White fruitcake, so named because it’s made with sugar as opposed to the more common molasses, has origins in the South. It also goes by “groom’s cake” because it was traditionally served to a groomsman before his wedding. Buttery and tender, this fruitcake has a texture more reminiscent of pound cake, but is studded with pineapple and cherries for a festive fruitcake touch.
Game plan: You have to let the fruit macerate for 24 hours before proceeding with the recipe, so factor that into your fruitcake-making plans.
We found this cake equally delicious eaten fresh or after it had aged. For the aged fruitcake, we felt the taste and texture were best after about a month, but the cake was still delicious (though quite boozy) up to 3 1/2 months.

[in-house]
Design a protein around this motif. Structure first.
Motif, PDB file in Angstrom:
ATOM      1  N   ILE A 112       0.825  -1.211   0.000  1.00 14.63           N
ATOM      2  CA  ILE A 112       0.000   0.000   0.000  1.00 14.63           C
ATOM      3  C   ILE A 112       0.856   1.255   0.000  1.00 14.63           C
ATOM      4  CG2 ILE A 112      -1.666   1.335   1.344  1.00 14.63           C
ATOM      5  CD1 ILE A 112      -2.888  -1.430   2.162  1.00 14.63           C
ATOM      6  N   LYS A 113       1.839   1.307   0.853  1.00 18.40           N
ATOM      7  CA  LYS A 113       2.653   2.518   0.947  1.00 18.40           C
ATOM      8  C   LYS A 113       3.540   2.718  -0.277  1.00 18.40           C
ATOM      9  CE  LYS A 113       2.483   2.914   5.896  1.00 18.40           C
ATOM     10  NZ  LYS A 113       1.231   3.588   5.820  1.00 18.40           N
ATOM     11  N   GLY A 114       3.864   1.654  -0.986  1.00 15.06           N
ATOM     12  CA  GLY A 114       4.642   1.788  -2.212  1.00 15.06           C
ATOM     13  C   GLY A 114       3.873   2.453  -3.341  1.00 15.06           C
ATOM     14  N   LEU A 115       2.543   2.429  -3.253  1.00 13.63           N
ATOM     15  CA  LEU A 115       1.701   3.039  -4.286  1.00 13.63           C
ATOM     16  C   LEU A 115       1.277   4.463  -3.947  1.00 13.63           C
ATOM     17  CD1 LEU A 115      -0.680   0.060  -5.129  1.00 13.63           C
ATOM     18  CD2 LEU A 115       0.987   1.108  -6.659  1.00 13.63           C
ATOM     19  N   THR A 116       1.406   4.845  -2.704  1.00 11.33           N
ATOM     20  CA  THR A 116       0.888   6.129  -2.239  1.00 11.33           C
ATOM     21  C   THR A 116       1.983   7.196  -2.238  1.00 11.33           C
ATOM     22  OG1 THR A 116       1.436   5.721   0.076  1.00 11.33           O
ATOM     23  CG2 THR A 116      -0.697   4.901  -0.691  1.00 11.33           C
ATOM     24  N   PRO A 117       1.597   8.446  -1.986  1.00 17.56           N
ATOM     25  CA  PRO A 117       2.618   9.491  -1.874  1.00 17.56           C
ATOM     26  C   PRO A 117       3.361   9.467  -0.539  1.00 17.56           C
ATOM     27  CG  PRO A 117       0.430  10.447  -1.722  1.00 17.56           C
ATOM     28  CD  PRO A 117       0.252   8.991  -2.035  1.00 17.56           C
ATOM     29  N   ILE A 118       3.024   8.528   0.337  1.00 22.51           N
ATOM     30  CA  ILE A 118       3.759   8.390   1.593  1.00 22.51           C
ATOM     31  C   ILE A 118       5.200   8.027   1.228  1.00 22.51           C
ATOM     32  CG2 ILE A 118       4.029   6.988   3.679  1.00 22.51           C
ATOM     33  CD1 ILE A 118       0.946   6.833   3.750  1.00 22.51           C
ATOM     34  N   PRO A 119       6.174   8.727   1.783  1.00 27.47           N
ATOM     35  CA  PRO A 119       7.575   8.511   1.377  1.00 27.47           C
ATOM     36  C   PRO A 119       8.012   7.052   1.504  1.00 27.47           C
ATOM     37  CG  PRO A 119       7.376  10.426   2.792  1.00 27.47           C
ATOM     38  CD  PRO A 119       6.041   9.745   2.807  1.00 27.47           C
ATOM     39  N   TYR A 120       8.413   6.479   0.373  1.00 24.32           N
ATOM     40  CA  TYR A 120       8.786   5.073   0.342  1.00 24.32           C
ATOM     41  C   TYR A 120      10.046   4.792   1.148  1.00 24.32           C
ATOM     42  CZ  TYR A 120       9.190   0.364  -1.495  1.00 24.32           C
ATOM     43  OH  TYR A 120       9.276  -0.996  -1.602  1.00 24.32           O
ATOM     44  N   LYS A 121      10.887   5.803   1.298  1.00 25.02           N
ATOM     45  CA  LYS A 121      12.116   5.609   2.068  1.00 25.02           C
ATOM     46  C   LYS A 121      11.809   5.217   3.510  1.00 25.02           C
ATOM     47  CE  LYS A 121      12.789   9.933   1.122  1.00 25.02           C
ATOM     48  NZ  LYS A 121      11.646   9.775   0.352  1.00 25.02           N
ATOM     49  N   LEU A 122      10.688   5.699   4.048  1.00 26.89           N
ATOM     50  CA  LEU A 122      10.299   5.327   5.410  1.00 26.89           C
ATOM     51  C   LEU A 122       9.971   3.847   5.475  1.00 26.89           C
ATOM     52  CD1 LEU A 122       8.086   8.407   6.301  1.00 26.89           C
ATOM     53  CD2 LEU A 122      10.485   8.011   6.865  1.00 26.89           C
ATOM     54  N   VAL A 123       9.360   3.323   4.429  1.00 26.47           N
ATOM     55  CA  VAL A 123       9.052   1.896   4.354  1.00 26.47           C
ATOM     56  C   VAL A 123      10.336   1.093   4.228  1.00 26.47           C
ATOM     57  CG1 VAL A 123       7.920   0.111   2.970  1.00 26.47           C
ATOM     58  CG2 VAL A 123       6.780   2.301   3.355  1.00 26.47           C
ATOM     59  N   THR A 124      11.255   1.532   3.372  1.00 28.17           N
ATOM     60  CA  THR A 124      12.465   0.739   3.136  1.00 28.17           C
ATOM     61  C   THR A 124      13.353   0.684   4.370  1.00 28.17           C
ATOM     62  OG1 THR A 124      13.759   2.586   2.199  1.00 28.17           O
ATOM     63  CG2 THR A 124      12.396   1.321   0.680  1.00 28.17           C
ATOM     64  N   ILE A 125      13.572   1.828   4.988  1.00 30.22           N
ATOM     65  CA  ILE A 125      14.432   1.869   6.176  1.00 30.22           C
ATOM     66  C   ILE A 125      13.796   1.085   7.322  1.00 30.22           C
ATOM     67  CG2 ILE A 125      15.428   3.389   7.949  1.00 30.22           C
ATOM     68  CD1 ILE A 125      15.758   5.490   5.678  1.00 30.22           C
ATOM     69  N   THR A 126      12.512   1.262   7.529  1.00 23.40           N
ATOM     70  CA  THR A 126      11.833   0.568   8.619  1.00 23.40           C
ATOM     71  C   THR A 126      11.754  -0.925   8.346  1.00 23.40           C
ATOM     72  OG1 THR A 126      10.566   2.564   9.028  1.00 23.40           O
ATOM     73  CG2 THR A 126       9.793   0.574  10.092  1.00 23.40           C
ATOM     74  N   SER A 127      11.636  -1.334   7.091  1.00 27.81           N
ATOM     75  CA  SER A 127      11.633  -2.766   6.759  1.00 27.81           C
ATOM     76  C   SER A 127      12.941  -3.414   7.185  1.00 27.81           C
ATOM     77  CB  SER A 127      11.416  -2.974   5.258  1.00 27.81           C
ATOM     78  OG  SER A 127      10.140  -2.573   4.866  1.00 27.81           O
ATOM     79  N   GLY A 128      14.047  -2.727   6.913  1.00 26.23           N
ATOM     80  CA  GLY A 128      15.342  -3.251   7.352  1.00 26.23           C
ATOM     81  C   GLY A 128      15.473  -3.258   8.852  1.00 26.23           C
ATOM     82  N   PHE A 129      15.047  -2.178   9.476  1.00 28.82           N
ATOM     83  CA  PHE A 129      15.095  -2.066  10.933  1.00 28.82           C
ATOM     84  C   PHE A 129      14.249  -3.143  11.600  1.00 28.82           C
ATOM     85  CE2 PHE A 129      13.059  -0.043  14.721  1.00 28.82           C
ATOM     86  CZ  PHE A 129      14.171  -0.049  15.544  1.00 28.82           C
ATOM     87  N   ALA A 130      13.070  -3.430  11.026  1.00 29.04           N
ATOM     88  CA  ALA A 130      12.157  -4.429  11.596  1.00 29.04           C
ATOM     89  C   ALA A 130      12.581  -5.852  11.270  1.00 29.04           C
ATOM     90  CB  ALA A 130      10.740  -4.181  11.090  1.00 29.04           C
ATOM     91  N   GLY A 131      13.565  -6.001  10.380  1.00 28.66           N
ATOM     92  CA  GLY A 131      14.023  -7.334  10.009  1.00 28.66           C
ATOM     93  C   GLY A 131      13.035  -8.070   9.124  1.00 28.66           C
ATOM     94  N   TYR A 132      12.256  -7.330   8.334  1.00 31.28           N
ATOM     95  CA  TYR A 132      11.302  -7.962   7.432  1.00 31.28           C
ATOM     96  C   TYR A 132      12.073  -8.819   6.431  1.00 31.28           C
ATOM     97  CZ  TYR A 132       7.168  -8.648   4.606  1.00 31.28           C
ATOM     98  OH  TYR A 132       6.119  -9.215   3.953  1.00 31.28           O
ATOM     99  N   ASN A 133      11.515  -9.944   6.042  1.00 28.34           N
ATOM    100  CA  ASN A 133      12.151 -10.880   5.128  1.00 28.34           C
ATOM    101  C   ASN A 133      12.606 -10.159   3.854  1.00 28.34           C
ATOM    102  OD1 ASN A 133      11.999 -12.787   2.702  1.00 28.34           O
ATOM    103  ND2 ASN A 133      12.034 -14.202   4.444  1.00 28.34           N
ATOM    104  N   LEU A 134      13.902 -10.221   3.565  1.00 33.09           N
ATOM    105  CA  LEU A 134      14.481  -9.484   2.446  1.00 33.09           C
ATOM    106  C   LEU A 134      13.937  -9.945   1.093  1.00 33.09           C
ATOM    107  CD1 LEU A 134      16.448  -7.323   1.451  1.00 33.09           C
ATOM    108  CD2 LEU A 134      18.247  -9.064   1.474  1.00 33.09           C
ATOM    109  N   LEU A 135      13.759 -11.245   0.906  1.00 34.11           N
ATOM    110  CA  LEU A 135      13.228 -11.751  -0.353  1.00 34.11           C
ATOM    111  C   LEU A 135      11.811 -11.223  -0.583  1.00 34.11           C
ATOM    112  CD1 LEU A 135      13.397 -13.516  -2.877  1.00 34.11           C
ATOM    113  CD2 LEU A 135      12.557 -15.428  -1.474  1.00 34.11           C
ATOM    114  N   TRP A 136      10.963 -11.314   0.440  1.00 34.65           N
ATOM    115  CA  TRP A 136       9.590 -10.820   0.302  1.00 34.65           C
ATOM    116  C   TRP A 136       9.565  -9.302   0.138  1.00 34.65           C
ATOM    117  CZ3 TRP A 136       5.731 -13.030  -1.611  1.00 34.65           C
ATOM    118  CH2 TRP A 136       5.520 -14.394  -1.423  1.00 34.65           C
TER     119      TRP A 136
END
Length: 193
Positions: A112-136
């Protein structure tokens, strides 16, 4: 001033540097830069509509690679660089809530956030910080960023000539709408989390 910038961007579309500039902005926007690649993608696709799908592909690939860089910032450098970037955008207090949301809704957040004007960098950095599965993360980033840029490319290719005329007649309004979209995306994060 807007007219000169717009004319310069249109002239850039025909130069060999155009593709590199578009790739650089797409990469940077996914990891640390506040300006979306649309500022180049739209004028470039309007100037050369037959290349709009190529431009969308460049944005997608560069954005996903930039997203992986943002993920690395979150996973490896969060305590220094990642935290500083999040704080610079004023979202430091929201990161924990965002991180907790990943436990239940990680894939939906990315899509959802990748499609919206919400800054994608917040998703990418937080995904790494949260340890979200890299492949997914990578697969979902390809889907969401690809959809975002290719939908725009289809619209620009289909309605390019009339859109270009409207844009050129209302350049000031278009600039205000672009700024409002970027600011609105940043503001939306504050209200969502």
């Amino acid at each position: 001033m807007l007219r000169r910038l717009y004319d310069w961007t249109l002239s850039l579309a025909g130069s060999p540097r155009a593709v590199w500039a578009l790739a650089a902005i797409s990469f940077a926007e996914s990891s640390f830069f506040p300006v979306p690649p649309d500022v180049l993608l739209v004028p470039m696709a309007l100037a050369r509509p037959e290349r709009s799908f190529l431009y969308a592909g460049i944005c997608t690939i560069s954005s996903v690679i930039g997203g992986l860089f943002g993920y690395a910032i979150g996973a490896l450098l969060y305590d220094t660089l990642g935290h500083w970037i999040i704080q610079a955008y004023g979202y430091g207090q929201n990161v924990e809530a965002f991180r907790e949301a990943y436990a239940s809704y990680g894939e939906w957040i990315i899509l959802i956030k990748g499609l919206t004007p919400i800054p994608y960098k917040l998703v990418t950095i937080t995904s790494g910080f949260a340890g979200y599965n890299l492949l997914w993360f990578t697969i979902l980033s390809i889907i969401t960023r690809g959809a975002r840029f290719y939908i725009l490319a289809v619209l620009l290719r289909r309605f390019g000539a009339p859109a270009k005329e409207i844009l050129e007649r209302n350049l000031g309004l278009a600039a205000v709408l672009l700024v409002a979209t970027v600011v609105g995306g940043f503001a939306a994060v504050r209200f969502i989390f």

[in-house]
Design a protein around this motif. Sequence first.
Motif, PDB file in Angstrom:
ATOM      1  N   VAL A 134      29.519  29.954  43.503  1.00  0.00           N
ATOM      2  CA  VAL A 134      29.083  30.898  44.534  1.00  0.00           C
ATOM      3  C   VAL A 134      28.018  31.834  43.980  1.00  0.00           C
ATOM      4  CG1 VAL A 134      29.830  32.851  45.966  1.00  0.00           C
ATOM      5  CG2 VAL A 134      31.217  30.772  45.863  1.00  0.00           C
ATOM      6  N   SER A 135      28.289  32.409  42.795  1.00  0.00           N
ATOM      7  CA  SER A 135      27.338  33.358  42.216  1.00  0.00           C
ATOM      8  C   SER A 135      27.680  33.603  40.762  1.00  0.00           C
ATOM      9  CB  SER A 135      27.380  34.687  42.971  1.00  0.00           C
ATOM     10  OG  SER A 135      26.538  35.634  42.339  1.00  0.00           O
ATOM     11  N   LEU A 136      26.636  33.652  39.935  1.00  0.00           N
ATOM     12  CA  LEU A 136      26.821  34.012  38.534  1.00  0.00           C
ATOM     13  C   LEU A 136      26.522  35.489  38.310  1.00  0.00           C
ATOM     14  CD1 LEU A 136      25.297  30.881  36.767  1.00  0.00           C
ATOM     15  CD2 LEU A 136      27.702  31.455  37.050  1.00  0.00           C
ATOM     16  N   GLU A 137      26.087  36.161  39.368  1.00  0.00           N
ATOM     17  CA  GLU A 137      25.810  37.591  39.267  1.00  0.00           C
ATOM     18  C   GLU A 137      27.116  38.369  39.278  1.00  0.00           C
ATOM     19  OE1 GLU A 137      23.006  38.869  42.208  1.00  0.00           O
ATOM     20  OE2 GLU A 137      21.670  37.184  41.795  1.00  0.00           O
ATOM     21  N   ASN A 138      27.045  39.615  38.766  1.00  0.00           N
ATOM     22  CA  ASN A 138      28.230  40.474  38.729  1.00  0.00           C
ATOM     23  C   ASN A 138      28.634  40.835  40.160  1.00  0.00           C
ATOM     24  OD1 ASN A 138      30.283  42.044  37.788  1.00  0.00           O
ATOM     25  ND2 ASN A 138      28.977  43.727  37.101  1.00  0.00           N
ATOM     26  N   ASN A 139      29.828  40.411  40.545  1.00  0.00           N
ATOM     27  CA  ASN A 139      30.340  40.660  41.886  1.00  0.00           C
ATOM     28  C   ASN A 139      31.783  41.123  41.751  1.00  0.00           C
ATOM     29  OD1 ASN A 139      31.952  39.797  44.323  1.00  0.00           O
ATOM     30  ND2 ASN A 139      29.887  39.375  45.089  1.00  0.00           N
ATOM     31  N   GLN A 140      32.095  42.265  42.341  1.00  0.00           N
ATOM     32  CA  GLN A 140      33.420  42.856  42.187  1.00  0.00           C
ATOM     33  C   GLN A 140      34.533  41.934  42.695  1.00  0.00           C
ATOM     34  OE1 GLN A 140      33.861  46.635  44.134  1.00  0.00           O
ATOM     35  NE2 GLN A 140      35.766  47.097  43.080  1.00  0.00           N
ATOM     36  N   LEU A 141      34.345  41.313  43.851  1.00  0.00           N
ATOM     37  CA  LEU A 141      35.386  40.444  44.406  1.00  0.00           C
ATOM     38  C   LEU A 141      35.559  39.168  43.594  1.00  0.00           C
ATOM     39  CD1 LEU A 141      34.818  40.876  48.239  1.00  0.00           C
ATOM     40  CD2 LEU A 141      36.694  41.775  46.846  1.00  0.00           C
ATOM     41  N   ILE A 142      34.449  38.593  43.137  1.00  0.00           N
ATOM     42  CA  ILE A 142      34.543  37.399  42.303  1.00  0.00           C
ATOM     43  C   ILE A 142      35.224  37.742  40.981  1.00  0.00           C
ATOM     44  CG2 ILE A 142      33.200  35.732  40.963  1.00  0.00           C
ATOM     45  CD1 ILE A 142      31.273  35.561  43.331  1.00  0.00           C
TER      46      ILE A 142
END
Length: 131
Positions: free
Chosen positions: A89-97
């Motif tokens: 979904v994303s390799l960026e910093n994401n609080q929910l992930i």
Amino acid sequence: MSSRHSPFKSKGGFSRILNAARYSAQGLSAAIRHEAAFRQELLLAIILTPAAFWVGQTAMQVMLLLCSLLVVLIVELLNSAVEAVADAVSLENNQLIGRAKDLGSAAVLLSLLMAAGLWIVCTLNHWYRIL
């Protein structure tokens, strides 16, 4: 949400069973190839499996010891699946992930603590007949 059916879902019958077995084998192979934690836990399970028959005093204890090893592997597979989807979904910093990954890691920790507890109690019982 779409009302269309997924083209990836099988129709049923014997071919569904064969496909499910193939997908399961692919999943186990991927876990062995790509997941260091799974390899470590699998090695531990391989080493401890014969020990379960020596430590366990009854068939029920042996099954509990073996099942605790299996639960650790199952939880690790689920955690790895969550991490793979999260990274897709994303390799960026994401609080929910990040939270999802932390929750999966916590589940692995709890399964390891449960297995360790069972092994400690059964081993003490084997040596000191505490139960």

For the cake:
by Brianne Garrett | New year, new me. It’s a popular mantra that we all tell ourselves going into a new year—vowing that...